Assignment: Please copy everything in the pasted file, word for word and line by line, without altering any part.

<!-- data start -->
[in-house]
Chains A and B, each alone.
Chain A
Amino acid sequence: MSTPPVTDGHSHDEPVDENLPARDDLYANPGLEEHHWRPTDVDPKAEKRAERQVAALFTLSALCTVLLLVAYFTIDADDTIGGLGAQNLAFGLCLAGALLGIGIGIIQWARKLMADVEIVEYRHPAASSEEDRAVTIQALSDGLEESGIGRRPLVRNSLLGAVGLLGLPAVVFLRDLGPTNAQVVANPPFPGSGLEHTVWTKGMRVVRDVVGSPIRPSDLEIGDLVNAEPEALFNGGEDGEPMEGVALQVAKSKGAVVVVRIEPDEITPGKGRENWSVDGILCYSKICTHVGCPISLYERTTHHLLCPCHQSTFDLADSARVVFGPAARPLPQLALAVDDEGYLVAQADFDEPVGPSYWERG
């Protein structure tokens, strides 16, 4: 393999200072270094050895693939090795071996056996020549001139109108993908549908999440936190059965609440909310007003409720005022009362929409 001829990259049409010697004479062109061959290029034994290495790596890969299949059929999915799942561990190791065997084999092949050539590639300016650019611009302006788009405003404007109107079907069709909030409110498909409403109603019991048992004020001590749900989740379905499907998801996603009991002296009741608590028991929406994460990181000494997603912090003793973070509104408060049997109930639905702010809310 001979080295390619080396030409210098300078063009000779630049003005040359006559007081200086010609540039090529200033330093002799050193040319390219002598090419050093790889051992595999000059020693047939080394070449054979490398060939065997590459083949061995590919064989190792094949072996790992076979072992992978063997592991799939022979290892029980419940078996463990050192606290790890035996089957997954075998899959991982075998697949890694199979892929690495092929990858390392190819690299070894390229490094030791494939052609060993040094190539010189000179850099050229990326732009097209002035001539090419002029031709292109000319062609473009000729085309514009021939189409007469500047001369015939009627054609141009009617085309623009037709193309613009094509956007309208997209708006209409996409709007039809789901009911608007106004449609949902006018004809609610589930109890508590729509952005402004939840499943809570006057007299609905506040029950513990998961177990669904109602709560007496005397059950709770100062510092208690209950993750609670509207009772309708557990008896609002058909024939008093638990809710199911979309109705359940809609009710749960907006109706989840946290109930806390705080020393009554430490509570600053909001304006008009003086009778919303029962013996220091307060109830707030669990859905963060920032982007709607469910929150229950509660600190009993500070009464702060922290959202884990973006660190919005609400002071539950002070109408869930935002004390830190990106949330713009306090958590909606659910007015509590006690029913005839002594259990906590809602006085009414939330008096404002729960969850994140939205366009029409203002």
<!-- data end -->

[in-house]
Chains A and B, each alone.
Chain A
Amino acid sequence: MSTPPVTDGHSHDEPVDENLPARDDLYANPGLEEHHWRPTDVDPKAEKRAERQVAALFTLSALCTVLLLVAYFTIDADDTIGGLGAQNLAFGLCLAGALLGIGIGIIQWARKLMADVEIVEYRHPAASSEEDRAVTIQALSDGLEESGIGRRPLVRNSLLGAVGLLGLPAVVFLRDLGPTNAQVVANPPFPGSGLEHTVWTKGMRVVRDVVGSPIRPSDLEIGDLVNAEPEALFNGGEDGEPMEGVALQVAKSKGAVVVVRIEPDEITPGKGRENWSVDGILCYSKICTHVGCPISLYERTTHHLLCPCHQSTFDLADSARVVFGPAARPLPQLALAVDDEGYLVAQADFDEPVGPSYWERG
């Protein structure tokens, strides 16, 4: 393999200072270094050895693939090795071996056996020549001139109108993908549908999440936190059965609440909310007003409720005022009362929409 001829990259049409010697004479062109061959290029034994290495790596890969299949059929999915799942561990190791065997084999092949050539590639300016650019611009302006788009405003404007109107079907069709909030409110498909409403109603019991048992004020001590749900989740379905499907998801996603009991002296009741608590028991929406994460990181000494997603912090003793973070509104408060049997109930639905702010809310 001979080295390619080396030409210098300078063009000779630049003005040359006559007081200086010609540039090529200033330093002799050193040319390219002598090419050093790889051992595999000059020693047939080394070449054979490398060939065997590459083949061995590919064989190792094949072996790992076979072992992978063997592991799939022979290892029980419940078996463990050192606290790890035996089957997954075998899959991982075998697949890694199979892929690495092929990858390392190819690299070894390229490094030791494939052609060993040094190539010189000179850099050229990326732009097209002035001539090419002029031709292109000319062609473009000729085309514009021939189409007469500047001369015939009627054609141009009617085309623009037709193309613009094509956007309208997209708006209409996409709007039809789901009911608007106004449609949902006018004809609610589930109890508590729509952005402004939840499943809570006057007299609905506040029950513990998961177990669904109602709560007496005397059950709770100062510092208690209950993750609670509207009772309708557990008896609002058909024939008093638990809710199911979309109705359940809609009710749960907006109706989840946290109930806390705080020393009554430490509570600053909001304006008009003086009778919303029962013996220091307060109830707030669990859905963060920032982007709607469910929150229950509660600190009993500070009464702060922290959202884990973006660190919005609400002071539950002070109408869930935002004390830190990106949330713009306090958590909606659910007015509590006690029913005839002594259990906590809602006085009414939330008096404002729960969850994140939205366009029409203002």